Science News Archive - May 11, 2006
By Tan Ee Lyn HONG KONG (Reuters) - Scientists in Thailand have detected live H5N1 bird flu virus in the blood of a boy who died in December, a discovery that might lead to a safer way to diagnose the disease in humans. At present, respiratory secretions are collected to test for the H5N1 virus.
With the Atlantic hurricane season three weeks away, U.S. emergency officials battered by Hurricane Katrina say they are ready, but independent experts worry that problems - including unwieldy bureaucracy - remain.
By Debbie Blossom, Tulsa World, Okla. May 11--And then there was one. It's down to a single Homeland location in Tulsa after Saturday -- the final day of operation for the store at 8829 S. Memorial Drive. Edmond-based Homeland Stores Inc.
Global temperatures may be increasing more quickly than first thought, and evidence is stronger that humans are causing the rise, the World Bank's Chief Scientist Robert Watson told Reuters on Thursday.
By Gerard Wynn COLOGNE, Germany (Reuters) - Global temperatures may be increasing more quickly than first thought, and evidence is stronger that humans are causing the rise, the World Bank's Chief Scientist Robert Watson told Reuters on Thursday.
Four animal rights militants were jailed for 40 years on Thursday over the "appalling" desecration of the grave of a woman whose family bred guinea pigs for medical research.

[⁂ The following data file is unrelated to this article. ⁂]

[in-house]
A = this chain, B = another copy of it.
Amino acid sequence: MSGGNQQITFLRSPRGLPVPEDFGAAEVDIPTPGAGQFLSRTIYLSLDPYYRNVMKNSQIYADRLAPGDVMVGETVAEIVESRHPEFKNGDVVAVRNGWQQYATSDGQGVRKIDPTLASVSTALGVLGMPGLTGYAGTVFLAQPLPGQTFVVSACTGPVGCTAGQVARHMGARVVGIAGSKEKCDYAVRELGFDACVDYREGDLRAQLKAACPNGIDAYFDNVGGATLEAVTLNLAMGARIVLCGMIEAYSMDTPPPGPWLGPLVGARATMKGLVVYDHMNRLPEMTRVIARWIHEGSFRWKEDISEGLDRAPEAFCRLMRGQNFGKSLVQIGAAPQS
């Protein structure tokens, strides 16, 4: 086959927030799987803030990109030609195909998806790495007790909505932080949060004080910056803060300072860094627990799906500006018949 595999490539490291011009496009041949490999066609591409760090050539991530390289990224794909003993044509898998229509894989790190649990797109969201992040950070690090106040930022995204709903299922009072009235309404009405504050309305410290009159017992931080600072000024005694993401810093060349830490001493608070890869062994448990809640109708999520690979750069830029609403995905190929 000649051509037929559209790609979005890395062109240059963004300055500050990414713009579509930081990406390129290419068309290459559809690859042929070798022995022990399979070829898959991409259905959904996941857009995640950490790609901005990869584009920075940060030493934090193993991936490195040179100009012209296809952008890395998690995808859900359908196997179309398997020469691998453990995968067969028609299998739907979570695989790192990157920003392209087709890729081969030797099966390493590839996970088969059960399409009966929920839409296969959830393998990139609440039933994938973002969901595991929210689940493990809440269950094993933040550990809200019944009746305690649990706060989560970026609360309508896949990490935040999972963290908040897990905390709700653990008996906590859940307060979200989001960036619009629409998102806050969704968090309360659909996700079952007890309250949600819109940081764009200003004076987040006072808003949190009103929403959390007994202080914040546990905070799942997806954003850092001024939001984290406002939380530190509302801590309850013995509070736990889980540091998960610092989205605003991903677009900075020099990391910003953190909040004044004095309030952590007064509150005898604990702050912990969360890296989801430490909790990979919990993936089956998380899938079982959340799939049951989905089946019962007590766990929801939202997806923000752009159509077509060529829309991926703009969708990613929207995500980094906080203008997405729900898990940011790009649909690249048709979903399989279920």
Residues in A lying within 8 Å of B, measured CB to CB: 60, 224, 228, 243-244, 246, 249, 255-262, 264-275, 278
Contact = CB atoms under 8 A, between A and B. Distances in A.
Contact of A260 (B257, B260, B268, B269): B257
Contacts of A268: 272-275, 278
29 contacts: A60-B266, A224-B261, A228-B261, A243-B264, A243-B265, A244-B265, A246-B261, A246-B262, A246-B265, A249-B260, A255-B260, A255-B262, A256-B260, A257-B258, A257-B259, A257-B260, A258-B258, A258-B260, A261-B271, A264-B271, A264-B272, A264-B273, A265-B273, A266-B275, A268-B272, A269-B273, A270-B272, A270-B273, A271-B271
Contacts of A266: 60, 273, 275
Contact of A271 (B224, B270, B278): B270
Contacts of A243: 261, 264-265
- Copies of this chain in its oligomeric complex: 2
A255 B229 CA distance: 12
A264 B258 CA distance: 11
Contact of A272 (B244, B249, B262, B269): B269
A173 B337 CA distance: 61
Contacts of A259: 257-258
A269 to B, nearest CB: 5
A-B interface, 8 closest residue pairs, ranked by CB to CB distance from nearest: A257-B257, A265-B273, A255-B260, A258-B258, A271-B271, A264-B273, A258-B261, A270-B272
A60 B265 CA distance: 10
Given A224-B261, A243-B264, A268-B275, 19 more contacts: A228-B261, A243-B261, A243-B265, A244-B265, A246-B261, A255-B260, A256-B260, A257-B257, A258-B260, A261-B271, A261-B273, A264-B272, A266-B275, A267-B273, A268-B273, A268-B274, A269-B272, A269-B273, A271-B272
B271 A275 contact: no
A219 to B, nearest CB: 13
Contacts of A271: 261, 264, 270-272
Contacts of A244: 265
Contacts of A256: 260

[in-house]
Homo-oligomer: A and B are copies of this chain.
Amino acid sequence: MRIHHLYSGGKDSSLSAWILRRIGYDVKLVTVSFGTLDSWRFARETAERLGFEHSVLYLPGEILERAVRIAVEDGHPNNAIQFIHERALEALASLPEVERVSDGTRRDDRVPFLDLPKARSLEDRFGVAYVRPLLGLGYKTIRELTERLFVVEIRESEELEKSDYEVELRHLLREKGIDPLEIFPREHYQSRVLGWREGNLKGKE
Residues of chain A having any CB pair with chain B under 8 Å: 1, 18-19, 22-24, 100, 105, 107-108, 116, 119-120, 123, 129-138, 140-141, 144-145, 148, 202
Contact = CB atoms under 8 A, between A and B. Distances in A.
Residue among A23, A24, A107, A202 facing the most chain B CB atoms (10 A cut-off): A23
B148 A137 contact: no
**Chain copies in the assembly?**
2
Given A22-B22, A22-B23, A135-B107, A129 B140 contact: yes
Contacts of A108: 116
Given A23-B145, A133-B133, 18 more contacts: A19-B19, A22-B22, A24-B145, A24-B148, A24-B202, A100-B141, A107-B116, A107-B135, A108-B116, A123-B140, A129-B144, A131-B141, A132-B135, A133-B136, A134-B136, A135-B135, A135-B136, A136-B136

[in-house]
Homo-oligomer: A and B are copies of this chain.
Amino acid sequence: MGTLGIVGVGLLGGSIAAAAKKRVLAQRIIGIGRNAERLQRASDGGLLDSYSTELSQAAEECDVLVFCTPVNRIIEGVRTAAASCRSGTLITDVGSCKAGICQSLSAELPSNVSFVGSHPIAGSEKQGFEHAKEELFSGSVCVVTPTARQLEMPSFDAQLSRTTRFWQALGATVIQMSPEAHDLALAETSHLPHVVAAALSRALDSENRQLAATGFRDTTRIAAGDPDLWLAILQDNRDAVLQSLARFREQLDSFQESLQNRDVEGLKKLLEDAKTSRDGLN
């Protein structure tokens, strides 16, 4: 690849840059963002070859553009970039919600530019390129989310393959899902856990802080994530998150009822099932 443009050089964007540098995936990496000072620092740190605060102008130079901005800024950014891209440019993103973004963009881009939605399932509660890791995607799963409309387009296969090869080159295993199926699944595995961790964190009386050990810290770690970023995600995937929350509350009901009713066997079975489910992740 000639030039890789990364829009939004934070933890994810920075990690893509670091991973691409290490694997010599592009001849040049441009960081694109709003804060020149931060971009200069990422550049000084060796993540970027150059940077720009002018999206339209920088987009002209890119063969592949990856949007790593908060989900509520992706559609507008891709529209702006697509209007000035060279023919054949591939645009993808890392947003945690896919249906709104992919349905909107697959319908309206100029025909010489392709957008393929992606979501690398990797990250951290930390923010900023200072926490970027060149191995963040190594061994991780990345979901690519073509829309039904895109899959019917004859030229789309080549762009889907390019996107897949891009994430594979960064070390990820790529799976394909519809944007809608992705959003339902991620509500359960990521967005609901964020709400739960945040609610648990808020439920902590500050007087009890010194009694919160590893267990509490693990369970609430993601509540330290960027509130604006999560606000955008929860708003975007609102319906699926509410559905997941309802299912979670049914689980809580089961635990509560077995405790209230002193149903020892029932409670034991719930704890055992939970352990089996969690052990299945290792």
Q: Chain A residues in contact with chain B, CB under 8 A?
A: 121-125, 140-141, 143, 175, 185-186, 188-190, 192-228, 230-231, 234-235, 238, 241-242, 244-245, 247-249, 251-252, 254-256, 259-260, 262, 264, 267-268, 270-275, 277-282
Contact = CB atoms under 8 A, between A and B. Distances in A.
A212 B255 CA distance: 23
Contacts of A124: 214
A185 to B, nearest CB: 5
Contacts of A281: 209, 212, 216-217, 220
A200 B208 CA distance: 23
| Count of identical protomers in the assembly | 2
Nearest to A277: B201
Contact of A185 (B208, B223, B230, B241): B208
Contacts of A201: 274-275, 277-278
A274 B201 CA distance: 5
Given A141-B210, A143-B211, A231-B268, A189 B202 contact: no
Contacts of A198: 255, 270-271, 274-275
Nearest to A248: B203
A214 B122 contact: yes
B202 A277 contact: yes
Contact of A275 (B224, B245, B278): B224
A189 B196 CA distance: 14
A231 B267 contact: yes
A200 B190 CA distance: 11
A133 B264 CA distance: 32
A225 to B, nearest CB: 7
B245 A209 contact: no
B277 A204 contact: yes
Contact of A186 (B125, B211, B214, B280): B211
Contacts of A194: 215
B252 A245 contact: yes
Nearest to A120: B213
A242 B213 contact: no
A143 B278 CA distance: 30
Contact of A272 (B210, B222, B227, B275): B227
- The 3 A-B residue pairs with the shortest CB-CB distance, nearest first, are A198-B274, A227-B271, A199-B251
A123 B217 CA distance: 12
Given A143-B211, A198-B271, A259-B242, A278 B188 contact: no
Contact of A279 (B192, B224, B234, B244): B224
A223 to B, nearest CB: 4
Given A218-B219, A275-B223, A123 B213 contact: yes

A pilot program has shown hydrogen-powered city buses work well without polluting the environment, the European Commission said on Thursday, extending its push to promote emission-free vehicles.
A recently discovered type of African monkey is different enough from others that it needs to be listed in a separate genus, scientists have decided. The monkey, which lives in Tanzania, was first described last year.
A new species of monkey identified in Tanzania's highlands last year is an even more remarkable find than thought -- it is a new genus of animal, scientists said on Thursday.
By Thomas Doyle, Victoria Advocate, Texas May 11--DuPont hasn't completely left Victoria. "We're here today to tell you that we are still here," said Gary Burge, plant manager for the DuPont Packaging and Industrial Polymers Victoria Plant, a low-density polyethylene plant in Victoria.